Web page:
Wednesday, May 29, 2019

You win some, you lose some...

Roughly two and a half weeks ago, I tried splitting Katya with just a divider board in the hive, but I failed miserably. When I checked a week later on May 18, the bees had failed to make queen cells. It turns out the transfer frames had some small gaps at the top & the ventilation spaces at the ends of either side of the hive meant bees were just going back and forth.

On May 18, Katya was pretty full to bursting. Knowing she was going to swarm, I ordered two more hives. I was hoping they'd arrive within a week, but alas, they did not. On the next check (May 25), Katya was full of capped swarm cells. They probably swarmed on Sunday when we were at the movies. Those sneaky bees must have started making queens pretty much right after I'd closed the hive because I hadn't even noticed any queen cups on the 18th. Yikes!

queen cell

Theodora was looking like she was going to start making swarm prep, too, but without those new Layens hives, I decided to make a "shook swarm" into a TBH nuc rather than lose another swarm. Of course, now I'm on edge because I haven't got any queens in either of the Layens hives. Fingers crossed.

So I lost some bees, but I also caught a small swarm last week.  My daughter came along, and she did a great job getting those bees into a nuc. The bees were in a shrub in a condo complex, which meant lots of people walking by to stop and watch. My social butterfly of a girl was in her element teaching everyone about bees and passing out drones for them to hold. Yay! She's my queen bee-in-training!

small swarm

my bee charmer catching a swarm

Meanwhile, the spring flow is fully underway. Locust trees and wild raspberries are blooming. Clover is everywhere. While out walking last week, I also found a small mulberry tree on my property, and can't wait for it to grow!

wild raspberries

rolling in clover

Monday, May 6, 2019

And then there were three...

On Saturday, both hives looked like they were prepping to swarm soon -- backfilling with honey and making loads of drones on both ends of the hive. Normally, I'd wait at least a week before opening the hives again, but our forecast calls for rain all week, and I wanted to avoid them making swarm cells.

In the past, I've always postponed splitting until the bees started making swarm cells, figuring that's when the were ready to swarm. However, during my last season in CT, I came to the realization that I always ended up making multiple splits (way more than I wanted) just to prevent afterswarms. Also, due the size of my hives, they'd generally start making queen cells in June sometime, too close to the end of the spring flow, so feeding them became a necessity. Hearing Sharaskin talk helped me better understand when splits should occur in relation to the flow (which is when they would happen if my hives were only 40L in size). (BTW, other good indicators for timing splits are the presence of drones/drone comb, when the days are reliably warm enough for the queen to fly, and the danger of freezing is past.)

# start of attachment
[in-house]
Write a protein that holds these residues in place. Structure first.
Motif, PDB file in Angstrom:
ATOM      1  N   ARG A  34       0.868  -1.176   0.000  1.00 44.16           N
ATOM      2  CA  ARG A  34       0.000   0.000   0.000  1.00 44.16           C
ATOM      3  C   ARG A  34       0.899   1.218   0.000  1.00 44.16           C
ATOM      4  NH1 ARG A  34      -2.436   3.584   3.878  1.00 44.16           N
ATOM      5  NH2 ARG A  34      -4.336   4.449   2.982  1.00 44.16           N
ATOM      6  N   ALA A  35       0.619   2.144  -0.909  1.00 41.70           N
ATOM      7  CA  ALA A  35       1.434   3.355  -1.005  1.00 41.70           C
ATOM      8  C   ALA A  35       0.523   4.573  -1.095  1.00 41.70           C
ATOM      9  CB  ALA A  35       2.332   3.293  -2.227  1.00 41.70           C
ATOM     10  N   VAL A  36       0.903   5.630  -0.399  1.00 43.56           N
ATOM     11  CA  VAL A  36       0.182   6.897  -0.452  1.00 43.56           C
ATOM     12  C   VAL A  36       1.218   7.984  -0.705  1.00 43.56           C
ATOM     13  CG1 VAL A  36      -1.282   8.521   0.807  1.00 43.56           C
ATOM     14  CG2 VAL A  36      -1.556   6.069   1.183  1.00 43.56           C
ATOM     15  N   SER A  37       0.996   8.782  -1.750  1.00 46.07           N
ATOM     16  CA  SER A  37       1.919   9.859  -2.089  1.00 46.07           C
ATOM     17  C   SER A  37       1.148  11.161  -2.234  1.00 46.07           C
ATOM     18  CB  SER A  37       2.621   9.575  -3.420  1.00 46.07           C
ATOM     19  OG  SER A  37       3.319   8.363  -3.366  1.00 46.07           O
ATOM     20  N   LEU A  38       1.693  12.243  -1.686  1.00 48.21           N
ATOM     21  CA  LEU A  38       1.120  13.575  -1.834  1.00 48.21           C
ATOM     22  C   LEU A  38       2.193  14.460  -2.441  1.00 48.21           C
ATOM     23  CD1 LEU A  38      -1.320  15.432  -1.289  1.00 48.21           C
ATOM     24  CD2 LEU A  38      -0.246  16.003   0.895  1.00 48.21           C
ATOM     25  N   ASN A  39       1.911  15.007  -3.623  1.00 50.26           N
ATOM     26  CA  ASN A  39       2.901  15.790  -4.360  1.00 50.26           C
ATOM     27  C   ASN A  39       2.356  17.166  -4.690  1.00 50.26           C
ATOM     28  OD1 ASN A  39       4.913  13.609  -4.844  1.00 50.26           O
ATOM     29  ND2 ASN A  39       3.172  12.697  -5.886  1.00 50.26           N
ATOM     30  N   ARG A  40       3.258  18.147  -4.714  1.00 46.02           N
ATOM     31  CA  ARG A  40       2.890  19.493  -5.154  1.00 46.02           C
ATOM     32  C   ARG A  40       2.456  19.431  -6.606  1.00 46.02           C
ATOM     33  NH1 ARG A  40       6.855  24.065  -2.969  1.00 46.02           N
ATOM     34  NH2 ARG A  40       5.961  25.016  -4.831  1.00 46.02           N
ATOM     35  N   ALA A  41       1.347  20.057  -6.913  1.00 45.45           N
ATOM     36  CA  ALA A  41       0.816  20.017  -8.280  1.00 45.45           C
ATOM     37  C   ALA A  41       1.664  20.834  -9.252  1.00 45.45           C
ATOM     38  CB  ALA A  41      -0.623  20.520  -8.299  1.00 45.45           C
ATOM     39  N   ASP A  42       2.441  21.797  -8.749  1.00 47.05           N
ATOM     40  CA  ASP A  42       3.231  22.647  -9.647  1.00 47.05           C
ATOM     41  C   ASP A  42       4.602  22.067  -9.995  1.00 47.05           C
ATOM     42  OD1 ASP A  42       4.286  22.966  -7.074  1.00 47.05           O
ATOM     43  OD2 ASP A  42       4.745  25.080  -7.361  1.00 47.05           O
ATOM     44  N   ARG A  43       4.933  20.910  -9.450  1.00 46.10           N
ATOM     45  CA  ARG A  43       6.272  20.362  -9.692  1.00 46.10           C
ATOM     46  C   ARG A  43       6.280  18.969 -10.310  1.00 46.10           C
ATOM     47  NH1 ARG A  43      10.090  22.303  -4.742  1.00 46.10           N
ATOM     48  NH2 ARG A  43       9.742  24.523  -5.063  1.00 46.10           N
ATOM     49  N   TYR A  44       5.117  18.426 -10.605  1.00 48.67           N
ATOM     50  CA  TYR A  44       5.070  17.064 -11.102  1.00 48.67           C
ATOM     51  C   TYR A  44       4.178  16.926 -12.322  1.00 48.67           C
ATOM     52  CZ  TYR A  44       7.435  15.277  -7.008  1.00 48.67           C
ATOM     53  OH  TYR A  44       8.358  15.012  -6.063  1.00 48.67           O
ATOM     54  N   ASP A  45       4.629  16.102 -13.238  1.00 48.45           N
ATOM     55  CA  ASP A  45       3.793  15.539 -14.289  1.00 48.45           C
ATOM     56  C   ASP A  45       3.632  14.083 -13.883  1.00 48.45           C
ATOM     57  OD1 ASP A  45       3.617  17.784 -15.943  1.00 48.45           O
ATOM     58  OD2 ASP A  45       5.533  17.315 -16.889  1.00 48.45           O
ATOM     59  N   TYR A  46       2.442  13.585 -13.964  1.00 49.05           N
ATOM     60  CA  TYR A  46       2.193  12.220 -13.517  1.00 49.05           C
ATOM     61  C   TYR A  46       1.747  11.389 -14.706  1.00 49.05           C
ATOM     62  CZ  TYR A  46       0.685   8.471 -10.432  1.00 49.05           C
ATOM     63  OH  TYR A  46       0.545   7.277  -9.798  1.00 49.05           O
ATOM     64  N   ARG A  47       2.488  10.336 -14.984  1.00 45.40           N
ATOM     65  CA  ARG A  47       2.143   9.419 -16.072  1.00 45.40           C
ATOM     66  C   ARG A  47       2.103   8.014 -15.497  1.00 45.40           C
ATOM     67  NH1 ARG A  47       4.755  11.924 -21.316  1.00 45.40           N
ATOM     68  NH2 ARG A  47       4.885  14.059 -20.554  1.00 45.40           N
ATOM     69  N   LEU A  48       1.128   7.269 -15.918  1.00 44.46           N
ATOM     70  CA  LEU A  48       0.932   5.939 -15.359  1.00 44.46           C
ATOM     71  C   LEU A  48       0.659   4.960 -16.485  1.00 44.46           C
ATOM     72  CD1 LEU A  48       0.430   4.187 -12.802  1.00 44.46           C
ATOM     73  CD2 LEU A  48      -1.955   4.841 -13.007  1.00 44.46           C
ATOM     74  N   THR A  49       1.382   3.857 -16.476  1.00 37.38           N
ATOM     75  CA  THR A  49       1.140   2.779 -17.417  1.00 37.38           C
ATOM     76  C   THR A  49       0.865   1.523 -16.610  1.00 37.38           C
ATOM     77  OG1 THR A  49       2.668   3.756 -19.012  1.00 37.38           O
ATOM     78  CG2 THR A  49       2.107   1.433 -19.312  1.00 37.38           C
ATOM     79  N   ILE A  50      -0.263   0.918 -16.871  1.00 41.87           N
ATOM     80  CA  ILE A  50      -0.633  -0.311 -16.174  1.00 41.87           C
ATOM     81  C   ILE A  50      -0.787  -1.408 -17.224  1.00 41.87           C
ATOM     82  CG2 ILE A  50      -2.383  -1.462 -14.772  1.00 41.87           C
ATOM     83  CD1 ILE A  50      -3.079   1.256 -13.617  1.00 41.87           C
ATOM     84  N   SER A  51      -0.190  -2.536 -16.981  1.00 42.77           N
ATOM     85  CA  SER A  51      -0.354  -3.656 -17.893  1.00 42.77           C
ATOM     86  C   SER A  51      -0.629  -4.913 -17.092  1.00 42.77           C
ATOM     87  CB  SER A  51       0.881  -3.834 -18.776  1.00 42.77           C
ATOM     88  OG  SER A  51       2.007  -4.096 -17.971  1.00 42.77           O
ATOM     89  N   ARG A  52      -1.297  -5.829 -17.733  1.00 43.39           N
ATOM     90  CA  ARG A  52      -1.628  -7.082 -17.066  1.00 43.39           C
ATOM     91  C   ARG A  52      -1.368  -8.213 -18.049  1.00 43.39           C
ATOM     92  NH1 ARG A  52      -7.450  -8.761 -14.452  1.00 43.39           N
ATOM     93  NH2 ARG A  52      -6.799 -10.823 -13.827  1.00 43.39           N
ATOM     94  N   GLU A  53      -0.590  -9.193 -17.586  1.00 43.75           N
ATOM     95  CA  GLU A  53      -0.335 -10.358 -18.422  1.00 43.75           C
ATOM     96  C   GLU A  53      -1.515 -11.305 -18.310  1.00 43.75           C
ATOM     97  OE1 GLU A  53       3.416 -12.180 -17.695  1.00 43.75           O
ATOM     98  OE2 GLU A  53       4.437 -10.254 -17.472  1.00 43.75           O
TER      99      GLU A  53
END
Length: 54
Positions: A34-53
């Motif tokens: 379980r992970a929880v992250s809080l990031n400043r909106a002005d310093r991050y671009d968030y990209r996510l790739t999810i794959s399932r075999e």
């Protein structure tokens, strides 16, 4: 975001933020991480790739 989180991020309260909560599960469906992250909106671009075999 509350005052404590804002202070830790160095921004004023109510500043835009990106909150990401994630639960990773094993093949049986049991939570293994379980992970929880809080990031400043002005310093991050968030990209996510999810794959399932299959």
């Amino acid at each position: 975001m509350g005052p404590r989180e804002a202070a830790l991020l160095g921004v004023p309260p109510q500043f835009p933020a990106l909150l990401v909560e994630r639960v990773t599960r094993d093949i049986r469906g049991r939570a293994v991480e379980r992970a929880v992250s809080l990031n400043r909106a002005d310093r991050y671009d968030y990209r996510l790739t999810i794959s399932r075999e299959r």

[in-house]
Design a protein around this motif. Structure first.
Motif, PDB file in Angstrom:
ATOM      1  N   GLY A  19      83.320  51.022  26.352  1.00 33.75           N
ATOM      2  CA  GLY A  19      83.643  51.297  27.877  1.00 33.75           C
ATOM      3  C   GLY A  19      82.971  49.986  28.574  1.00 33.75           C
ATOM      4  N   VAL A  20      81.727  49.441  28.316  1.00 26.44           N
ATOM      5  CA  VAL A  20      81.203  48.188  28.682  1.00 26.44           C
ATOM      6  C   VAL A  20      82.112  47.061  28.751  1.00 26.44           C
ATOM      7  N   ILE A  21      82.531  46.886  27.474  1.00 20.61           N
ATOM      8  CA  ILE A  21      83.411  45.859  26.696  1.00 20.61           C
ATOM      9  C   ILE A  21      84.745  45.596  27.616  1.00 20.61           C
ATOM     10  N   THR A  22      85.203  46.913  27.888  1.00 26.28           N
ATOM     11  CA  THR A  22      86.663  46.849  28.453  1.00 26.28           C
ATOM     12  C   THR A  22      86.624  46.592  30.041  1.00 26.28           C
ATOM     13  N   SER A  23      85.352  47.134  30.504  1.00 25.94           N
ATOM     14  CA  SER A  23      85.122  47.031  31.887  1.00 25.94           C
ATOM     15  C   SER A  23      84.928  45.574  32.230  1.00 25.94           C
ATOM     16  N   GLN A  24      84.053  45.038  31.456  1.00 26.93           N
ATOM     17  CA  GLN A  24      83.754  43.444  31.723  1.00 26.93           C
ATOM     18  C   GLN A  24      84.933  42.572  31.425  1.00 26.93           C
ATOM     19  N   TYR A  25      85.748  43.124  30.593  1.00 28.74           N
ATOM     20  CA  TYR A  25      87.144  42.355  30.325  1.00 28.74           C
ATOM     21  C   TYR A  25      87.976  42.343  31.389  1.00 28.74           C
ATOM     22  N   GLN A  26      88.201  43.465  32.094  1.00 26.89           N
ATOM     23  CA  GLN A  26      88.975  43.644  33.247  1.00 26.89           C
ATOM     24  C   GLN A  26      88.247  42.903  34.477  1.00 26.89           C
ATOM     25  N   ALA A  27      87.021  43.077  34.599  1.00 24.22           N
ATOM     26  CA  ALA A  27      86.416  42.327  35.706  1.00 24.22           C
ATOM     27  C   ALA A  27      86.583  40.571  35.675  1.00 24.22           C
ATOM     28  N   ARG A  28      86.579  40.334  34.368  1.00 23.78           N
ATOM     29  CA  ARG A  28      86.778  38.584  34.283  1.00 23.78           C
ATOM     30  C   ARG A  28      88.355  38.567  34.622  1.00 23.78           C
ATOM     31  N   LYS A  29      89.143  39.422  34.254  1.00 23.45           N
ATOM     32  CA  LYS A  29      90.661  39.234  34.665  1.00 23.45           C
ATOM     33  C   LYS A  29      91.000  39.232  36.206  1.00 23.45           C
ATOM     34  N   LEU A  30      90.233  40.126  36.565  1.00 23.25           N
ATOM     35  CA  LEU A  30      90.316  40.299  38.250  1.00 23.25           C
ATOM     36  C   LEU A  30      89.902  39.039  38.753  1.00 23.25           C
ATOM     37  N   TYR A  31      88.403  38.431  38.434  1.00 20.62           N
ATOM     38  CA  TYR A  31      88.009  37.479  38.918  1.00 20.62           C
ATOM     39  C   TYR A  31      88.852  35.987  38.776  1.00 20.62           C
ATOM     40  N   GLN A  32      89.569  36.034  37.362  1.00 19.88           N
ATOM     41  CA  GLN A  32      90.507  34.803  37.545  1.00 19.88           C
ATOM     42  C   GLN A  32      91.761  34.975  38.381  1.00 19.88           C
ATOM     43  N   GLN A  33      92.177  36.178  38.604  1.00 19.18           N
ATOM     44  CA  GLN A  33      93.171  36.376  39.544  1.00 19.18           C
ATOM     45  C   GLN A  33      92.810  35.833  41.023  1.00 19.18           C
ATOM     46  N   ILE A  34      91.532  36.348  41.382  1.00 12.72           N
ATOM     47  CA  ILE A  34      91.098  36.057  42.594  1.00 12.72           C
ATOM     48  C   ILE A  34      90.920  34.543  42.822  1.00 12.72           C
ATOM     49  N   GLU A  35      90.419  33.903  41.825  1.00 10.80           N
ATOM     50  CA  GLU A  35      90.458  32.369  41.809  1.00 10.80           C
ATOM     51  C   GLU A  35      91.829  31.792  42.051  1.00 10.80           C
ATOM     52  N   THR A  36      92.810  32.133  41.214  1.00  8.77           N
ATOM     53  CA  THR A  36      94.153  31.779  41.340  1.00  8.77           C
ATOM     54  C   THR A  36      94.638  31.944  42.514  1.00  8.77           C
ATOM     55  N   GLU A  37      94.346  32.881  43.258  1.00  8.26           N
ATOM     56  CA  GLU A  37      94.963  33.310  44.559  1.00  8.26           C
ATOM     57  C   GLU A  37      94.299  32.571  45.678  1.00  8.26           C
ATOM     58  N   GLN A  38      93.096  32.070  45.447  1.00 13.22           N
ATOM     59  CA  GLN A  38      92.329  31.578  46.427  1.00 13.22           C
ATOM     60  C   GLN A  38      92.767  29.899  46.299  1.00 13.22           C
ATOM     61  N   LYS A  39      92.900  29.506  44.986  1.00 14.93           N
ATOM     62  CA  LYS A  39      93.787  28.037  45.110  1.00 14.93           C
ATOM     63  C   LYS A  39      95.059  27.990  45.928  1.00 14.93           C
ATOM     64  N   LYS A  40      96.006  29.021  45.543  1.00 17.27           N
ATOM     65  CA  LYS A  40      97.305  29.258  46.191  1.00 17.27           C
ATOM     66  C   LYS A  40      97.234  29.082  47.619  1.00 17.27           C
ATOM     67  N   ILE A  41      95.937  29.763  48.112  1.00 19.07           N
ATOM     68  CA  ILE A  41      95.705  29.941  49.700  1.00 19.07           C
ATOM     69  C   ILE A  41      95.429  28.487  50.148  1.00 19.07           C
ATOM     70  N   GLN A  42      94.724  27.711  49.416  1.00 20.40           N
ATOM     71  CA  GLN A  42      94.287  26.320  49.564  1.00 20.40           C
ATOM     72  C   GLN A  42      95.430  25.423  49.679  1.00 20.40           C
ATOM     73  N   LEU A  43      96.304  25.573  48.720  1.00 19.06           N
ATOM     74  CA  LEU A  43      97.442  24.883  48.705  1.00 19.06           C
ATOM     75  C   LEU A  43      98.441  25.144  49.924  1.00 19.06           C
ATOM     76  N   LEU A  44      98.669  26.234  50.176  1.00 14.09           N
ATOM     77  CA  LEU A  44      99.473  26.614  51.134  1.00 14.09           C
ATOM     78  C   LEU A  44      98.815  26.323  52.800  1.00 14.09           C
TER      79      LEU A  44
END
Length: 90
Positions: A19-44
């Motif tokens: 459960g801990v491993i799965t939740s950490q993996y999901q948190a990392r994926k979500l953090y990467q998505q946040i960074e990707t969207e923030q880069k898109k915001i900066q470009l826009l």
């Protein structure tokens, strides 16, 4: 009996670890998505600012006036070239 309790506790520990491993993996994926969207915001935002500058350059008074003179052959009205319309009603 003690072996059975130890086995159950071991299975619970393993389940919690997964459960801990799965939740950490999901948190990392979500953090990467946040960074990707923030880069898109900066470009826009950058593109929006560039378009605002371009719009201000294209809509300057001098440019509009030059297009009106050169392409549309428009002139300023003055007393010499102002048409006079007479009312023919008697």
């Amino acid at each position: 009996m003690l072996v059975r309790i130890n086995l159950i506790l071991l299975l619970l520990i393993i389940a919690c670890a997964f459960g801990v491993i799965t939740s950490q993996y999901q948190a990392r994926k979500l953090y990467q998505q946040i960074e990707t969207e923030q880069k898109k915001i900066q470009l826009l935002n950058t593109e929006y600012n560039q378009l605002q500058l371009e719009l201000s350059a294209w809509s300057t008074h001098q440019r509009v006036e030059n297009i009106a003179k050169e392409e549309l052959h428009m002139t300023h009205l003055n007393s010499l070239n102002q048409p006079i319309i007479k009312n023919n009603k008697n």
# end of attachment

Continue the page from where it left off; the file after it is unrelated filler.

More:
Another reason I had always postponed splits was to get the nicest, fattest queens from the swarm cells. Then I noticed something in one of my hives during that last year in CT. One of them had trouble making a mated queen. She'd make queens, but they wouldn't come back. I kept giving her eggs, though, so she kept trying until she finally made the smallest, most pathetic emergency queen you ever saw. Seriously, she was so small she could slip through the fingers of a queen clip. She laid eggs, though, which was all the bees needed to make a supersedure queen, who was every bit as nice as one from a swarm cell because she was raised for that job starting from Day 1.

As a result, I've decided not to wait for swarm cells and that an emergency queen is ok for awhile. As long as she's mated and laying, the bees can create a new queen later, and I can take advantage of the peak flow for splits. Also, bees generally wait for their supersedure queens to start laying before they, er... call for the reigning monarch's abdication. That means there are usually two queens in the hive laying simultaneously for while. It also means that there's no downtime in terms of brood production while waiting for the supersedure queen to start up.

I found Katya's queen and some worker eggs/larvae, so she got a divider board down the middle. Hopefully, she'll have a new laying queen sometime between May 25 and June 9.

When I installed the bees, I put them in the center of the hive -- like you'd do with a Goldstar TBH. The idea was to get the foragers used to both entrances so that when I was ready to split, they'd naturally go to one side or the other and keep the population even-ish. The branches over the entrances should force them to reorient tomorrow. I have to go out and prop the left branch up. Will do it later, though. They weren't happy with me messing around and kept darting into my hair.

However, there weren't enough eggs/worker larvae in Theodora to make me feel comfortable about them raising a new queen.  It was all capped brood and drone comb. I don't know if this will work, but I popped two empty frames between the worker brood combs) to see if I could get some eggs for raising a queen. Fingers crossed. Maybe by next week I can split them as well.

Holy moly. I have to get cracking on some new hives!

Sunday, May 5, 2019

Back in Bee-siness

I've decided to resurrect this blog because a lot has happened in the past year, and it's time to get on with things.